Bella Sunshine Designs Sweet Lilly Pintuck Tunic and Dress

This pattern could not have come by at a better time. I have been searching for a button up bodice with a gathered skirt since I bought this fabric a month ago, and then when I saw the tester* call for The Sweet Lilly Pintuck Tunic/Dress by Bella Sunshine Designs I was very excited. There is a slight vintage feel with this pattern.

I made a size smaller than normal as per our aligned sizes because it’s a semi-fitted bodice, but went with my daughters usual length for this dress. The fabric is cream Gertie printed crepe de chine (CDC) cherries. I used lipstick rayon (100% rayon) for the waistband and ruffle accents with hot pink plain chiffon (100% polyester) for the sleeves and white top pop poplin (80% polyester/20% cotton) for the lining. Although not instructed to, I lined the skirt with poplin because this fabric is very light weight and see-through.

Pintuck tunic front

Pintuck tunic back

This pattern requires precision with the pintucks and top stitching. Given it is a kids pattern there are some very fiddly, small pieces, particularly for the sleeve construction. I made it harder for myself by the fact I chose chiffon and CDC to work with, very slippery indeed. I ended up doing french seams for the sleeves as the chiffon frayed and to keep it all nice and neat.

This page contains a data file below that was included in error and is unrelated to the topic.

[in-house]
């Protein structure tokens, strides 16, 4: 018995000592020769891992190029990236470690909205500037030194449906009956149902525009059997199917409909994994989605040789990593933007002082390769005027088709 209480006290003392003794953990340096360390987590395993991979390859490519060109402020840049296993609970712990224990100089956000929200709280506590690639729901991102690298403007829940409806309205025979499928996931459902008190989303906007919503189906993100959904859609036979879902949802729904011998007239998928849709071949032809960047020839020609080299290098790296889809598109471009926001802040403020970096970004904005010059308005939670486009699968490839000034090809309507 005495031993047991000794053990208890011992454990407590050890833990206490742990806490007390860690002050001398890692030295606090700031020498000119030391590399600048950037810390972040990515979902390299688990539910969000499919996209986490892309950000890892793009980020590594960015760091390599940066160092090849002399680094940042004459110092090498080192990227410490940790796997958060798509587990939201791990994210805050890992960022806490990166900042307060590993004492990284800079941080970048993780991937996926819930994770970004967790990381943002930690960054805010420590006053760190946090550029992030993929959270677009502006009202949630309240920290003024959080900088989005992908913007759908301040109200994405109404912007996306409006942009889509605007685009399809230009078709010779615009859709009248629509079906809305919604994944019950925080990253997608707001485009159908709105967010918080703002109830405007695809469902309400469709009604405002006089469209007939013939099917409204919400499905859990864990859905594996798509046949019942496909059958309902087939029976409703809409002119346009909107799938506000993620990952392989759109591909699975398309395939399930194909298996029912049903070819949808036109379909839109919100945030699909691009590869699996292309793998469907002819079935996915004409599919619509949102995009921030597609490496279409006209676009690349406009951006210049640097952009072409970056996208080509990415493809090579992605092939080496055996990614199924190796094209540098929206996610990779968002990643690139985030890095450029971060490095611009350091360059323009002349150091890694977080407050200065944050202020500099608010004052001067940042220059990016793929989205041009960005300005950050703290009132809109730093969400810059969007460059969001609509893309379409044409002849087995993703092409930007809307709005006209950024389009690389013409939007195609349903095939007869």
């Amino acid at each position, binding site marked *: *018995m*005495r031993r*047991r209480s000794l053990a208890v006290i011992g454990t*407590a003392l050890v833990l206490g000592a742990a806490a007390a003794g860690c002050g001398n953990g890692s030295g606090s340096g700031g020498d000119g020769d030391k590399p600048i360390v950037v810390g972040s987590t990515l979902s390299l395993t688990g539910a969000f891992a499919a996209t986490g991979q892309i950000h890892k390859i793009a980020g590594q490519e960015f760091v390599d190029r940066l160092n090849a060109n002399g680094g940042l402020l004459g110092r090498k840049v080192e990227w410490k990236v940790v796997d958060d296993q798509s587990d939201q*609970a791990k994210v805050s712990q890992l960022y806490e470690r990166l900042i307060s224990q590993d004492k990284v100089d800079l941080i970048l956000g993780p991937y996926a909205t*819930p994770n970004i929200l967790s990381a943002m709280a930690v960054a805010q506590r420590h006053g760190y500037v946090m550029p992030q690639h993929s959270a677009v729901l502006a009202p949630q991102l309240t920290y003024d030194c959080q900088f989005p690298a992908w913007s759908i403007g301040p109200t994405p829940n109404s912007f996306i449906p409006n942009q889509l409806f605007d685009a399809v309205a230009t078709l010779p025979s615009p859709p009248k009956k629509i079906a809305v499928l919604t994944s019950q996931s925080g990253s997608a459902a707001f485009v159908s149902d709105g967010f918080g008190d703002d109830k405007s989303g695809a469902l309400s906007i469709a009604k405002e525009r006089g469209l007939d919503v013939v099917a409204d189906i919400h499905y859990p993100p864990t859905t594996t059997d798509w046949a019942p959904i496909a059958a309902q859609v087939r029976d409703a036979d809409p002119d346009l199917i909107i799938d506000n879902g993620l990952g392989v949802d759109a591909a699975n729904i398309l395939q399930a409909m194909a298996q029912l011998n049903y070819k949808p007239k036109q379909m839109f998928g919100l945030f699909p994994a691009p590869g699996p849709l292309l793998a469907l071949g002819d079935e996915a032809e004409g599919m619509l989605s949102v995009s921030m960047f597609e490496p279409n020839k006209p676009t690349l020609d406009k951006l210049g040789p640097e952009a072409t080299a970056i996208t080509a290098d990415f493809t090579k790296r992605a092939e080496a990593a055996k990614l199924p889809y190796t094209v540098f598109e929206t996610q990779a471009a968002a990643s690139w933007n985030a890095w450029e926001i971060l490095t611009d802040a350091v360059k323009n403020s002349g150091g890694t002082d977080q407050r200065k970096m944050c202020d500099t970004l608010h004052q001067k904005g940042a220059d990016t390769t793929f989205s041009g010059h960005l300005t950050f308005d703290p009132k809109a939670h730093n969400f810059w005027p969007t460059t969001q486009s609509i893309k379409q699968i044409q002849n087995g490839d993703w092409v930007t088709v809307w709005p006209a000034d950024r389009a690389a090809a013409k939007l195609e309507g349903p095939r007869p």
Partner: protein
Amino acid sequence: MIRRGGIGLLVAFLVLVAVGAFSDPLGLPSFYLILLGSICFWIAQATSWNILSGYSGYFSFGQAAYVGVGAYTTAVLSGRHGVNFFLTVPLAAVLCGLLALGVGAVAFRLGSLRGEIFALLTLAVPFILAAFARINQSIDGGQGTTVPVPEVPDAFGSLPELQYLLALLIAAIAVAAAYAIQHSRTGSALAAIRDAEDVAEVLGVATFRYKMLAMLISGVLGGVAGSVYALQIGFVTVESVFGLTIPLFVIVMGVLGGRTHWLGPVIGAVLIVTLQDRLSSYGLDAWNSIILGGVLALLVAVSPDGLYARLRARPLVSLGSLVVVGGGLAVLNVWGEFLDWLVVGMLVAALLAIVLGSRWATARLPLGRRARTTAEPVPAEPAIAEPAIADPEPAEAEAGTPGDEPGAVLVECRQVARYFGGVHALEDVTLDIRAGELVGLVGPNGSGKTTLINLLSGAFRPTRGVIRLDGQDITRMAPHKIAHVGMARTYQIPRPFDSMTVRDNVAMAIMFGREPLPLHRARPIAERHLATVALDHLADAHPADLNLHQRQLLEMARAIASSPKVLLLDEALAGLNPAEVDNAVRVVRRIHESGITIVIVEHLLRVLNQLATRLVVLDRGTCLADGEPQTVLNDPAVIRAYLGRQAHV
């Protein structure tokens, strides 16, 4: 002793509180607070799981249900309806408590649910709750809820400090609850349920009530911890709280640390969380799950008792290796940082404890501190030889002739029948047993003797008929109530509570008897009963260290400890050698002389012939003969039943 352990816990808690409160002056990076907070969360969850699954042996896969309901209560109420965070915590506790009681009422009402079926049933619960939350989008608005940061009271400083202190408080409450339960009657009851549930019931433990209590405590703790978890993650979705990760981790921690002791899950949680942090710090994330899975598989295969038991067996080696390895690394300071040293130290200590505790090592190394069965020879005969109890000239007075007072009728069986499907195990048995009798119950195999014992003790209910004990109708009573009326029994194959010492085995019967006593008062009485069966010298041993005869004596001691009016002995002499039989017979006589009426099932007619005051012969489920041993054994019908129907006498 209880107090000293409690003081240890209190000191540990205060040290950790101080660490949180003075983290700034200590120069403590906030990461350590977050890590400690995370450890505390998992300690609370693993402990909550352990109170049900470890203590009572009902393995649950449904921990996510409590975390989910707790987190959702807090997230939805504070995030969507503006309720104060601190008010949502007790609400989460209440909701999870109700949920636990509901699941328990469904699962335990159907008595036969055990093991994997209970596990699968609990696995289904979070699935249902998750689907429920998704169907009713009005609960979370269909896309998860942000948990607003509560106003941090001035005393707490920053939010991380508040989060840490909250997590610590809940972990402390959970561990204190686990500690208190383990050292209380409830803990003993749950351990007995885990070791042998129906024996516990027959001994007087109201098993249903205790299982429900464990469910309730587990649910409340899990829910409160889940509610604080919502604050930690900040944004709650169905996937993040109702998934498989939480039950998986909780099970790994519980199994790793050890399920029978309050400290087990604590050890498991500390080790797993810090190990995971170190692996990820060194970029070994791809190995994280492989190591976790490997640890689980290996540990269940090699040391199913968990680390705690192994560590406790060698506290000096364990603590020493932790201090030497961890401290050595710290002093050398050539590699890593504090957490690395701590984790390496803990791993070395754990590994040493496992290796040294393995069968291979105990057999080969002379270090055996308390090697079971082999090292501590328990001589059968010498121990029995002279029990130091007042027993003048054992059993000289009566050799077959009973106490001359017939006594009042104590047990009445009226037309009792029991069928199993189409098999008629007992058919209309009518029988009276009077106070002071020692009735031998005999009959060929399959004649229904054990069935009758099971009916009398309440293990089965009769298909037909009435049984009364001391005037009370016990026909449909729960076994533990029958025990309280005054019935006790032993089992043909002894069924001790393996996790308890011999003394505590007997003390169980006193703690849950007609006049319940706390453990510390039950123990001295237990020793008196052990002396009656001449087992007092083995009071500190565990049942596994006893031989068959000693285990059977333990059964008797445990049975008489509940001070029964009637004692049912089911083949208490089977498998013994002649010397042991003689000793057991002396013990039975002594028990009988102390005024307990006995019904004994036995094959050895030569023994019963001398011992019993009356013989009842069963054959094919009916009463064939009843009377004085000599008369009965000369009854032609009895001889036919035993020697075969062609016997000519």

As this is the tester version, a few tweaks have been made prior to release. Mainly the bodice was taken in and was offered as a tunic and the original lengthened by 3 inches to make the dress version.

Miss 4 was happy to gift it to miss 2 as she thought it looked “cute” on her. Miss 2 was also happy with this transaction. The girls pretty much have the same chest measurement at the moment which is why it fit my youngest so well.

IMG_1435 (2)

I quickly made a second version for miss 4 in the dress length this time. I used some petal metro linen (100% linen) with eyelet lace for the bottom band of the skirt portion and white broadcloth (100% cotton) as a contrast. For lining I used white top pop polin (80% polyester/20% cotton). At the centre ruffles I used a small border of lace to match the hem ruffle and tied the whole look together with square pink buttons. I only added three to the back as opposed to four but that was the last packet at the store.

Sweet lilly pinctuck front

Sweet lilly pintuck side

Sweet lilly pinctuck details

I’m very lucky to be a mother of 2 beautiful girls. The clothes in our house are truly loved and well worn so I figure all my time and effort is well worth it.

*The pattern was provided to me free of charge for testing but all opinions expressed are my own and I received a copy of the finalised pattern for taking part.


Bellamie Boo Couture and The Swinging Dress

I was chosen as a tester* for The Swinging Dress by Bellamie Boo Couture. It’s a cute design with a bit of a retro feel.